At a recent TED Salon event, Stanford engineering school professor Tina Seelig delivers an entertaining speech on luck and how people can increase their occurrences of luck.
The idea of luck may seem like an unquantifiable and random occurrence but according to Seelig, this is almost untrue. In her speech on luck, Seelig quantifies the occurrence of luck on the number of risks a person takes. These risks continuously push people out of their comfort zones, which Seelig explains leads to greater success.
This idea of pushing out of comfort zones is something Seelig often employs with her students. She explains that in her classes students complete risk-o-meter assessments which help them understand the various risks that they are willing to take. Seelig then pushes them to tackle the risks they haven't tried before as a means of finding greater success in fields they may not have explored before.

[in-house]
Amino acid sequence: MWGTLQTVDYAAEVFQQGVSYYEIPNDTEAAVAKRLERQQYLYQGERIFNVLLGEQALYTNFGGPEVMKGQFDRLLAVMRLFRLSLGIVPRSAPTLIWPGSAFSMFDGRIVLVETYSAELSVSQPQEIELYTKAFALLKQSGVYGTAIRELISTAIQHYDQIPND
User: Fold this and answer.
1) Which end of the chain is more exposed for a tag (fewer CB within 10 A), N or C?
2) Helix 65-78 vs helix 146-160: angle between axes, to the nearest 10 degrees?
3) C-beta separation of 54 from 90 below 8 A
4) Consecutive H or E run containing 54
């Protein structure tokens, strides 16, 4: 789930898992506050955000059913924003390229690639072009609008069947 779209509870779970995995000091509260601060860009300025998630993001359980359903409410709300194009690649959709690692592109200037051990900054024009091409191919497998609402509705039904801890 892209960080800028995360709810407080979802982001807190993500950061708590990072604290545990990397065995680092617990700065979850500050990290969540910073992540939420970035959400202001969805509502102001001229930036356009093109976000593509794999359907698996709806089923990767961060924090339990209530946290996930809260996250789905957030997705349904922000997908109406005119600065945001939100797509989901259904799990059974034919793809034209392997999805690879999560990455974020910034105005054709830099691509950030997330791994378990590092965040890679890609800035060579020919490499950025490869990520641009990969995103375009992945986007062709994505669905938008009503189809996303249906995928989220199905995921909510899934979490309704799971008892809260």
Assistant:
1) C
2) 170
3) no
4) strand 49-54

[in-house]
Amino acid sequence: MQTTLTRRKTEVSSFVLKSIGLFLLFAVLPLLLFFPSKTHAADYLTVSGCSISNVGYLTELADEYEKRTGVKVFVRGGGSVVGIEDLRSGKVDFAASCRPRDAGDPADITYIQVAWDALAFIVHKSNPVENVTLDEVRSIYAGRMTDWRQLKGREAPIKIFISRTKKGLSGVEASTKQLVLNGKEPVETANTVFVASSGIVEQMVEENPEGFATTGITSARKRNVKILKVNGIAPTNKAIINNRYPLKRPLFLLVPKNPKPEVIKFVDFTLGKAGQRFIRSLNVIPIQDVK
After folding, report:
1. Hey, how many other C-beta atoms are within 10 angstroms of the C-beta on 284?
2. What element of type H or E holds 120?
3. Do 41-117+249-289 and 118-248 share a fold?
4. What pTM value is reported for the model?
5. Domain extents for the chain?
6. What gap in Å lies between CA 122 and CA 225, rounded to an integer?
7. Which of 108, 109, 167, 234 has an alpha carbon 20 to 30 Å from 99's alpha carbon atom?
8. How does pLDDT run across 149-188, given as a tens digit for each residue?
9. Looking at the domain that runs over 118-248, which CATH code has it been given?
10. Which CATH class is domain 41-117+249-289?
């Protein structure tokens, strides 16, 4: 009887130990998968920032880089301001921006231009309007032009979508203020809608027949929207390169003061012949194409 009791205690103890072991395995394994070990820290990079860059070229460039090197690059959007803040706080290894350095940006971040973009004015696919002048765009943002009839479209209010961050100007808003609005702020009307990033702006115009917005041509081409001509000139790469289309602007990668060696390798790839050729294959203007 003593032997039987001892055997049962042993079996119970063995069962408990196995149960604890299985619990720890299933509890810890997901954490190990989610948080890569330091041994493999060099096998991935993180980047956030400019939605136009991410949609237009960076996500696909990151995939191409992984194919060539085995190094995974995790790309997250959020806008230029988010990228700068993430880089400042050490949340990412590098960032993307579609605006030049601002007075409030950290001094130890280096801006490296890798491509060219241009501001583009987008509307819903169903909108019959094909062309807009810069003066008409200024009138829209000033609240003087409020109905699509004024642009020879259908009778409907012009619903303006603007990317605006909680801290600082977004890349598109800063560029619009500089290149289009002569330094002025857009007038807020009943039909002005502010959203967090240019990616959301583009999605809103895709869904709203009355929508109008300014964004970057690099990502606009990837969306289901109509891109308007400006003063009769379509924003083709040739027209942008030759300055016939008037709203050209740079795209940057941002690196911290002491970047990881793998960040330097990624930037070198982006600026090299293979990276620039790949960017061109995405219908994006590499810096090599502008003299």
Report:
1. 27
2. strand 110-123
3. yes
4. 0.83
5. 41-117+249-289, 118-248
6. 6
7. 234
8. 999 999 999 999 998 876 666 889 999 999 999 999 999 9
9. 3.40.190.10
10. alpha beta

Seelig's speech on luck may not offer direct instructions to increase luck, but the idea of taking risks fits in with the idea of increasing chances of success. This concept fits in with Seelig's primary focus on entrepreneurship, as exploring new ideas is pivotal to finding success in new and innovative fields.
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